How to Train a Dog to Heel – Dog Training by

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See more at for everything you need to understand to train your personal dog in the Foundation Design of Pet Dog Training. This video shows the very first phase of training your canine to Heel. After finishing all three phases your pet dog could Heel off-leash around heavy interruptions. Structure Style dog training is both really humane and also really trustworthy. It is a style that is used by several of the top pet dog instructors in the sector to educate all types of canines from working dogs, aggressiveness rehabilitation cases, and tough family pet canines. See for yourself why foundation design canine training is quickly coming to be the option of leading professionals.

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41 Comments on “How to Train a Dog to Heel – Dog Training by”

  1. @VituMV This video is an example of a typical session. You want to end the session before the dog gets board. You can do 1 or multiple sessions per day depending on your schedule. A good idea is to do a session before each meal, since that is when dogs will be most motivated for treats.

  2. @chichotaregay You can bait you dog. Baiting is done by pressing a treat between your thumb and index finger, the dog shouldn’t easily take the treat only nibble on it. That will keep your dog’s attention. Walk with him on lead at first then slowly wean him off the leash and treat. Use good judgement and always keep a leash on you.

  3. @Jaaashan @chichotaregay You can bait you dog. Baiting is done by pressing a treat between your thumb and index finger, the dog shouldn’t easily take the treat only nibble on it. That will keep his attention on you.

  4. I have a lab mix puppy she is 16 weeks old and she knows how to sit I am starting to train her to stay when I open the gate and I also I am training her to not bite her leash when walking and I am in a wheelchair and I am blind and I want my puppy to be my guide dog and another thing is that I want is for my puppy is not to pick up garbage on walks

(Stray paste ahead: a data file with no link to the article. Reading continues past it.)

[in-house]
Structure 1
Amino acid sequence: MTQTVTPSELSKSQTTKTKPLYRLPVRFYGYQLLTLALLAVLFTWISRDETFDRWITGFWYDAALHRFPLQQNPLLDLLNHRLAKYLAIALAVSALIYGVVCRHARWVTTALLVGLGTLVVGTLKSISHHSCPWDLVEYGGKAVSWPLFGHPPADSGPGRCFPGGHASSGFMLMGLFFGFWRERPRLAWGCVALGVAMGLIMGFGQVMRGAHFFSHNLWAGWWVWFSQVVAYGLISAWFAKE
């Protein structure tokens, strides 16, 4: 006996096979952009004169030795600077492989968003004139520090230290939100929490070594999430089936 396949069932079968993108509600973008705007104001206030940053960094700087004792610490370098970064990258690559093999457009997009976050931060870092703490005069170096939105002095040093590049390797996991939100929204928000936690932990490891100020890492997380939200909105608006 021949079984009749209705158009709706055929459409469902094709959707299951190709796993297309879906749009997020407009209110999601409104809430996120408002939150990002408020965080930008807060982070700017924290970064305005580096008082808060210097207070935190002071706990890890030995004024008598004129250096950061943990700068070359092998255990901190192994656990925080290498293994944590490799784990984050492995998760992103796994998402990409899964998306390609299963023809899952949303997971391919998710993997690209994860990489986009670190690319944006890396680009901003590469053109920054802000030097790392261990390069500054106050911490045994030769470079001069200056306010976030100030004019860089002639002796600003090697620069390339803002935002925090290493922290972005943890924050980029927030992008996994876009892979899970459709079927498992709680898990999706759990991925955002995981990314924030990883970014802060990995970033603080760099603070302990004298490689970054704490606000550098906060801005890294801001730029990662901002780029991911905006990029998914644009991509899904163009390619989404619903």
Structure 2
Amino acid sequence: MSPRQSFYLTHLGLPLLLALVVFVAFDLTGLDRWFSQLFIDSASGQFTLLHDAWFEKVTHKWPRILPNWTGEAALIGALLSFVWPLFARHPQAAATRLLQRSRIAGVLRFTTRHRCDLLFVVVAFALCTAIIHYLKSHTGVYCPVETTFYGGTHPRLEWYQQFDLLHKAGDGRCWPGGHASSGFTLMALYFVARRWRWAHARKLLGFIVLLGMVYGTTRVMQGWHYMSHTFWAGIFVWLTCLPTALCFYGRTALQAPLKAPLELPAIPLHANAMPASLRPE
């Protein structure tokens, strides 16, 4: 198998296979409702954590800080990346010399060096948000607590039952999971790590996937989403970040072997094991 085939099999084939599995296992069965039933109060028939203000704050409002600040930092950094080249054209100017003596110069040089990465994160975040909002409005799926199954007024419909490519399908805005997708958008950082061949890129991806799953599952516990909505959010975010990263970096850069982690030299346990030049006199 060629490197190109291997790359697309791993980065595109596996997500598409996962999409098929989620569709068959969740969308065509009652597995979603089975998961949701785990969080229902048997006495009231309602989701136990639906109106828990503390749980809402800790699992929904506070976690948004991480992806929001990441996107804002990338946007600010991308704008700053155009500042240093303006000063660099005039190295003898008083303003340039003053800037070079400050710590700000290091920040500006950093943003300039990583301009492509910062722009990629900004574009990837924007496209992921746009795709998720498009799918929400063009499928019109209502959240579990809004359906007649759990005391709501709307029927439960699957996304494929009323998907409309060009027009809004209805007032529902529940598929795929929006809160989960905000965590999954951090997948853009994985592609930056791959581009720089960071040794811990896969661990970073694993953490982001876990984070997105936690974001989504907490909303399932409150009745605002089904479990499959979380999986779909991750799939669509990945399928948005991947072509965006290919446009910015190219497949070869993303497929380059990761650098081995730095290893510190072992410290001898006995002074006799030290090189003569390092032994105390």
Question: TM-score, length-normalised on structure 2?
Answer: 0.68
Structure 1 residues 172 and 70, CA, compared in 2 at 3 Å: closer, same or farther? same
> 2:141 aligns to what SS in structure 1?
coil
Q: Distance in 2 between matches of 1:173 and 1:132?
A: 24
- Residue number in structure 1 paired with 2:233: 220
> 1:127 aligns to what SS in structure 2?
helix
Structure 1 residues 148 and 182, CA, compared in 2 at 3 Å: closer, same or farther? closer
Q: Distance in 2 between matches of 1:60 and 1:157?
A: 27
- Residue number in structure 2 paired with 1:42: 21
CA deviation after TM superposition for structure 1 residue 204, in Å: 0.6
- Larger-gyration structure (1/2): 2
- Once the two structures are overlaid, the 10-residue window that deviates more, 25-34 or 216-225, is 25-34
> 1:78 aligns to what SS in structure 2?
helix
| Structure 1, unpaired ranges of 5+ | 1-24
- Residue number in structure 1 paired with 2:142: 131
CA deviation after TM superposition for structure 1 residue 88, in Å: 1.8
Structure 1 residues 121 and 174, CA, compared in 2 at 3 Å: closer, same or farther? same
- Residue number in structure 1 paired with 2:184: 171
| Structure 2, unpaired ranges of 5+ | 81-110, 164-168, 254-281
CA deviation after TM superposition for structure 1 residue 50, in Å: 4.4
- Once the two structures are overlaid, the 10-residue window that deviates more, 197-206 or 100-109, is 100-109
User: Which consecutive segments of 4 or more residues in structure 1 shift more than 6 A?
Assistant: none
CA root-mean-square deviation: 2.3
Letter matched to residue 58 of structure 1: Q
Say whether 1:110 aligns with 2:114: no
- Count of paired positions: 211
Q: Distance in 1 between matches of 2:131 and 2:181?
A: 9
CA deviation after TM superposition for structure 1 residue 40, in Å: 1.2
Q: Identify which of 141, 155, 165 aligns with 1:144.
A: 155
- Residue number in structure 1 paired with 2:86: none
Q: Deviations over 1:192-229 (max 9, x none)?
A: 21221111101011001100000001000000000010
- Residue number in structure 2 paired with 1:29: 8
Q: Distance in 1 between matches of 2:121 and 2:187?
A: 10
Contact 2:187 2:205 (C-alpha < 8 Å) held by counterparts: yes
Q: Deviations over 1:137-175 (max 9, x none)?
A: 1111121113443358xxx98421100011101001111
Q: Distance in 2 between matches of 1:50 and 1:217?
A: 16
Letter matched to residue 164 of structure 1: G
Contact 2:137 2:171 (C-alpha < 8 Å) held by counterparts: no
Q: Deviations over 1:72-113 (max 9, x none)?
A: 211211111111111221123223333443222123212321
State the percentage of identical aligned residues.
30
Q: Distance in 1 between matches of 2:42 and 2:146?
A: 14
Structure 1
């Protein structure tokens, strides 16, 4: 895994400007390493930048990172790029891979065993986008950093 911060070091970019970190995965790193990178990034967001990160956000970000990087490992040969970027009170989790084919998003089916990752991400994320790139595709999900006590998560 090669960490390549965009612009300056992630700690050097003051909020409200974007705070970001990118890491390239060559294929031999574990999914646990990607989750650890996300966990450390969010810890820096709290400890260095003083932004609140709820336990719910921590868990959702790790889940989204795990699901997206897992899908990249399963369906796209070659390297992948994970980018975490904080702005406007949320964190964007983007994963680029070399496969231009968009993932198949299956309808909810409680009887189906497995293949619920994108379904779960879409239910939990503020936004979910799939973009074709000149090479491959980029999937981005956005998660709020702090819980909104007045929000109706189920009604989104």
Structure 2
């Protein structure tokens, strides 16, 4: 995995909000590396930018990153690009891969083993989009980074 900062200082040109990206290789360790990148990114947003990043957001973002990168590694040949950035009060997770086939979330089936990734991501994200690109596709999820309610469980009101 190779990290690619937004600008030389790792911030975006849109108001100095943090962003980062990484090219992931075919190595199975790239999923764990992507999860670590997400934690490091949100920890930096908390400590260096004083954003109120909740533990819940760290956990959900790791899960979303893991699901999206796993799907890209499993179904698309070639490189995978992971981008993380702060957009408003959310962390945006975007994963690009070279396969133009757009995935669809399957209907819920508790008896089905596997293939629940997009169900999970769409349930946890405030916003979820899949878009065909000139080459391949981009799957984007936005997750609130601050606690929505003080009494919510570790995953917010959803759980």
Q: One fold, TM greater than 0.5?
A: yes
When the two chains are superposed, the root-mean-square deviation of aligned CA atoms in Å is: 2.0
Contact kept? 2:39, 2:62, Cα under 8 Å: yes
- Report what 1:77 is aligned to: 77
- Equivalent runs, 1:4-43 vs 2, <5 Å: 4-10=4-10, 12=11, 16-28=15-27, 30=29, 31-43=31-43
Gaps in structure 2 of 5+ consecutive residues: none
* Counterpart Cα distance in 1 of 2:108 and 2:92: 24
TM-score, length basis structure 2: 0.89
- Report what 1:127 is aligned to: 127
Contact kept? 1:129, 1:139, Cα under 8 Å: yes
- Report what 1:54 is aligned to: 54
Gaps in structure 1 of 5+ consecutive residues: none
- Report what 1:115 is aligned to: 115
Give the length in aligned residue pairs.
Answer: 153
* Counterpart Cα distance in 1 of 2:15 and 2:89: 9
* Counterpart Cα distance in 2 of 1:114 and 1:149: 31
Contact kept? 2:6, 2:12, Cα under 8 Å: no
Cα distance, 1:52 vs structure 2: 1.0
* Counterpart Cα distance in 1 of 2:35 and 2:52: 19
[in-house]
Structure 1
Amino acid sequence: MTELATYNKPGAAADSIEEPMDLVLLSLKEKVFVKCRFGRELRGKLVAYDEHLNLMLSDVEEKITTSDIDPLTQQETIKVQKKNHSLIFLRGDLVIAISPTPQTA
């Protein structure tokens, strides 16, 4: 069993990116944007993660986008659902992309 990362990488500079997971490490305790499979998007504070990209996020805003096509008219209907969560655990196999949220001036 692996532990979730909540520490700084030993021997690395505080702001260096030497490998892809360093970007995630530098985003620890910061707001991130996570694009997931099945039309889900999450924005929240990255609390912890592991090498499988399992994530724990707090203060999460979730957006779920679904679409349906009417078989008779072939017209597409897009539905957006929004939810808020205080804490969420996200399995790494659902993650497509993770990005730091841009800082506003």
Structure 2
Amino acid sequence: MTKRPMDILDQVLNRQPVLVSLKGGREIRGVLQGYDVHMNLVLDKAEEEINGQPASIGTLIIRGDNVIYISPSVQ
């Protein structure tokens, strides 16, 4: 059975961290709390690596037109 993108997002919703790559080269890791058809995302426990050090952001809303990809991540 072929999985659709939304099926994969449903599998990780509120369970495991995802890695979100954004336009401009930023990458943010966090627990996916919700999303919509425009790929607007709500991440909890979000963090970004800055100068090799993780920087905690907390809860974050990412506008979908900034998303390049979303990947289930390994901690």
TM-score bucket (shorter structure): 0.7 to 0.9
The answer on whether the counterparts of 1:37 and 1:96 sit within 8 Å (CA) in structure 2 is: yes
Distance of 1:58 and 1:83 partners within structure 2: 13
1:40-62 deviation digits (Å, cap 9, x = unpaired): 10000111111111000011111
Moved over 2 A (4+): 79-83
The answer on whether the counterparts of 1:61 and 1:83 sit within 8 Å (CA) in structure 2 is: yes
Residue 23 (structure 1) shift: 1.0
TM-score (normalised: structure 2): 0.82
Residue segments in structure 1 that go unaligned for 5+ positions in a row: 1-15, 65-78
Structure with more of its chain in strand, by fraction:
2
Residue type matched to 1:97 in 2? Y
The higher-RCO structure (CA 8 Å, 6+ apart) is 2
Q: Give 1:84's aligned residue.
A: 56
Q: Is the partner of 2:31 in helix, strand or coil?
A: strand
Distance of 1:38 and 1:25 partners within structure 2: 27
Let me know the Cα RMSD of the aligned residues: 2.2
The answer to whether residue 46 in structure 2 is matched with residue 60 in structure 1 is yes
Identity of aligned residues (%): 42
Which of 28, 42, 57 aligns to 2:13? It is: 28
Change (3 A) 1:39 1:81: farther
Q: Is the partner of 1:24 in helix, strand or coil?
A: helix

5. Is there any significance to the dog being on the left side or is it just tradition?. I’m in a city that is plagued by bad prejudice against dogs and you’d be amazed at how few people here know how to act around dogs, and usually when walking people stay on the right side (like in car traffic) so wouldn’t it be better in that environment to keep the dog on the right side to allow for better/quicker control or is there something I’m missing as to why that’s a bad practice ?

  6. Great video!
    I’ll provide you some great ideas, tips, and advice that may help you turn your dog into the best behaved, most happy, running, jumping, slipper-fetching best pal you always wanted

  7. I just did this with my 13 week old Goldendoodle in the back yard for about 10 minutes.  I then took him on a quiet evening walk (sans children and a lot of neighbors out).  He has never walked so nicely.  We will have to see what tomorrow brings.  How long do you stay in phase 1?  Thank you for the great video — it was really helpful.  Went through a bunch of treats!!!